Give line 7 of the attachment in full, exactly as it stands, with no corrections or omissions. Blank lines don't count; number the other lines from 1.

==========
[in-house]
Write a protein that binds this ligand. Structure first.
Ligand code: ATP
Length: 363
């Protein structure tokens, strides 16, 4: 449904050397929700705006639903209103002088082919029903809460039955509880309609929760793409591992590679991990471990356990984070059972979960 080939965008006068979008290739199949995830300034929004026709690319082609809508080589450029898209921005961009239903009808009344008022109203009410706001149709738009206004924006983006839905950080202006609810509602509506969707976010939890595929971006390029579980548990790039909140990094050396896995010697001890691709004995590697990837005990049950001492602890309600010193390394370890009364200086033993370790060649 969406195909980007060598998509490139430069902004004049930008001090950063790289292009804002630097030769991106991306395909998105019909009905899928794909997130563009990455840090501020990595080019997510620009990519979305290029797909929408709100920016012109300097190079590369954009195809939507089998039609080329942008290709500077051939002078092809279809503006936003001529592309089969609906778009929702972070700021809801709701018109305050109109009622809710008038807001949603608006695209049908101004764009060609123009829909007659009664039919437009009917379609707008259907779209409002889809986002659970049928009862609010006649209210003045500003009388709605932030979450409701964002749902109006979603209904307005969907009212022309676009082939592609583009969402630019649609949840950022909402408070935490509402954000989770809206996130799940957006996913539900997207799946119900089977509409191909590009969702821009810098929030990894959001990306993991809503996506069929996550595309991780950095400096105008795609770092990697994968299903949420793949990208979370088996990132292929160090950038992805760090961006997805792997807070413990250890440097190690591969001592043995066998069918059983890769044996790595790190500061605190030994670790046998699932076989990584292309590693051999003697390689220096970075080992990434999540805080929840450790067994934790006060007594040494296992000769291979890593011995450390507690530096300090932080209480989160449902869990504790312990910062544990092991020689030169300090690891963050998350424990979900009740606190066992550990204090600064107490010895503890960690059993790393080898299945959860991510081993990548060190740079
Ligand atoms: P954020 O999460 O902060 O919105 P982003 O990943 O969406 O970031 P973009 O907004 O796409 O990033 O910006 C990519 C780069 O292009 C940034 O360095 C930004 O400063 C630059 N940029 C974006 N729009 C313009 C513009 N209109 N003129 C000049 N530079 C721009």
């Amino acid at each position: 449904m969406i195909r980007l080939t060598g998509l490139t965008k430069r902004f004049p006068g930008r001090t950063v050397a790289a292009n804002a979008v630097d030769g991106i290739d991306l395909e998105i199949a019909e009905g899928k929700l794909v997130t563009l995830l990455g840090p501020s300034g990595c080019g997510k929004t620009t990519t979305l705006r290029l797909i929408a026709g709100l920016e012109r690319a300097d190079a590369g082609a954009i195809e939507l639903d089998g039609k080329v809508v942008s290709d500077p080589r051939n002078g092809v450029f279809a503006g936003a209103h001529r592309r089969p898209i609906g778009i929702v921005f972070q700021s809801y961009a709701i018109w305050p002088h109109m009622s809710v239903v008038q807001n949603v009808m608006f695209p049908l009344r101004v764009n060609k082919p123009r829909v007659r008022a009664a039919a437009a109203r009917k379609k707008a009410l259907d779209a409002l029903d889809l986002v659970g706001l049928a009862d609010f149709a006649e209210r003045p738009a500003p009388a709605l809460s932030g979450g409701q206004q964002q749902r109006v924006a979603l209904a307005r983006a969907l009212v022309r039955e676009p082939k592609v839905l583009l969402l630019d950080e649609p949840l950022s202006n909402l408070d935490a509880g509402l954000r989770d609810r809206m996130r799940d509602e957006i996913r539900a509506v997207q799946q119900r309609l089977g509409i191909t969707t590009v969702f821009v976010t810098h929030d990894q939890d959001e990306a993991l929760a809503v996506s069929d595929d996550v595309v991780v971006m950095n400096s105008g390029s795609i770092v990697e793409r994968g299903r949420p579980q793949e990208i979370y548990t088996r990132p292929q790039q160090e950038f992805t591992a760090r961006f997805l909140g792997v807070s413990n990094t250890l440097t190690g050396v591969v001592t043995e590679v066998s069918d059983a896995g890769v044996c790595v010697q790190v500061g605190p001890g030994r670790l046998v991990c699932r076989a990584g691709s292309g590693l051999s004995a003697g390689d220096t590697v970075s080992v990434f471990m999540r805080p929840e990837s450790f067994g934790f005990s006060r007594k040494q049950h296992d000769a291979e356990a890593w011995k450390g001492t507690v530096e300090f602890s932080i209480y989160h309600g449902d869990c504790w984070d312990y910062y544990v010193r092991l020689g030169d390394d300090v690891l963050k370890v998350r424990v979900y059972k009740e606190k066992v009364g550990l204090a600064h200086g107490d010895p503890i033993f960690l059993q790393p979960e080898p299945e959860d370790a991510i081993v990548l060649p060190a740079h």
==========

């Amino acid at each position: 449904m969406i195909r980007l080939t060598g998509l490139t965008k430069r902004f004049p006068g930008r001090t950063v050397a790289a292009n804002a979008v630097d030769g991106i290739d991306l395909e998105i199949a019909e009905g899928k929700l794909v997130t563009l995830l990455g840090p501020s300034g990595c080019g997510k929004t620009t990519t979305l705006r290029l797909i929408a026709g709100l920016e012109r690319a300097d190079a590369g082609a954009i195809e939507l639903d089998g039609k080329v809508v942008s290709d500077p080589r051939n002078g092809v450029f279809a503006g936003a209103h001529r592309r089969p898209i609906g778009i929702v921005f972070q700021s809801y961009a709701i018109w305050p002088h109109m009622s809710v239903v008038q807001n949603v009808m608006f695209p049908l009344r101004v764009n060609k082919p123009r829909v007659r008022a009664a039919a437009a109203r009917k379609k707008a009410l259907d779209a409002l029903d889809l986002v659970g706001l049928a009862d609010f149709a006649e209210r003045p738009a500003p009388a709605l809460s932030g979450g409701q206004q964002q749902r109006v924006a979603l209904a307005r983006a969907l009212v022309r039955e676009p082939k592609v839905l583009l969402l630019d950080e649609p949840l950022s202006n909402l408070d935490a509880g509402l954000r989770d609810r809206m996130r799940d509602e957006i996913r539900a509506v997207q799946q119900r309609l089977g509409i191909t969707t590009v969702f821009v976010t810098h929030d990894q939890d959001e990306a993991l929760a809503v996506s069929d595929d996550v595309v991780v971006m950095n400096s105008g390029s795609i770092v990697e793409r994968g299903r949420p579980q793949e990208i979370y548990t088996r990132p292929q790039q160090e950038f992805t591992a760090r961006f997805l909140g792997v807070s413990n990094t250890l440097t190690g050396v591969v001592t043995e590679v066998s069918d059983a896995g890769v044996c790595v010697q790190v500061g605190p001890g030994r670790l046998v991990c699932r076989a990584g691709s292309g590693l051999s004995a003697g390689d220096t590697v970075s080992v990434f471990m999540r805080p929840e990837s450790f067994g934790f005990s006060r007594k040494q049950h296992d000769a291979e356990a890593w011995k450390g001492t507690v530096e300090f602890s932080i209480y989160h309600g449902d869990c504790w984070d312990y910062y544990v010193r092991l020689g030169d390394d300090v690891l963050k370890v998350r424990v979900y059972k009740e606190k066992v009364g550990l204090a600064h200086g107490d010895p503890i033993f960690l059993q790393p979960e080898p299945e959860d370790a991510i081993v990548l060649p060190a740079h």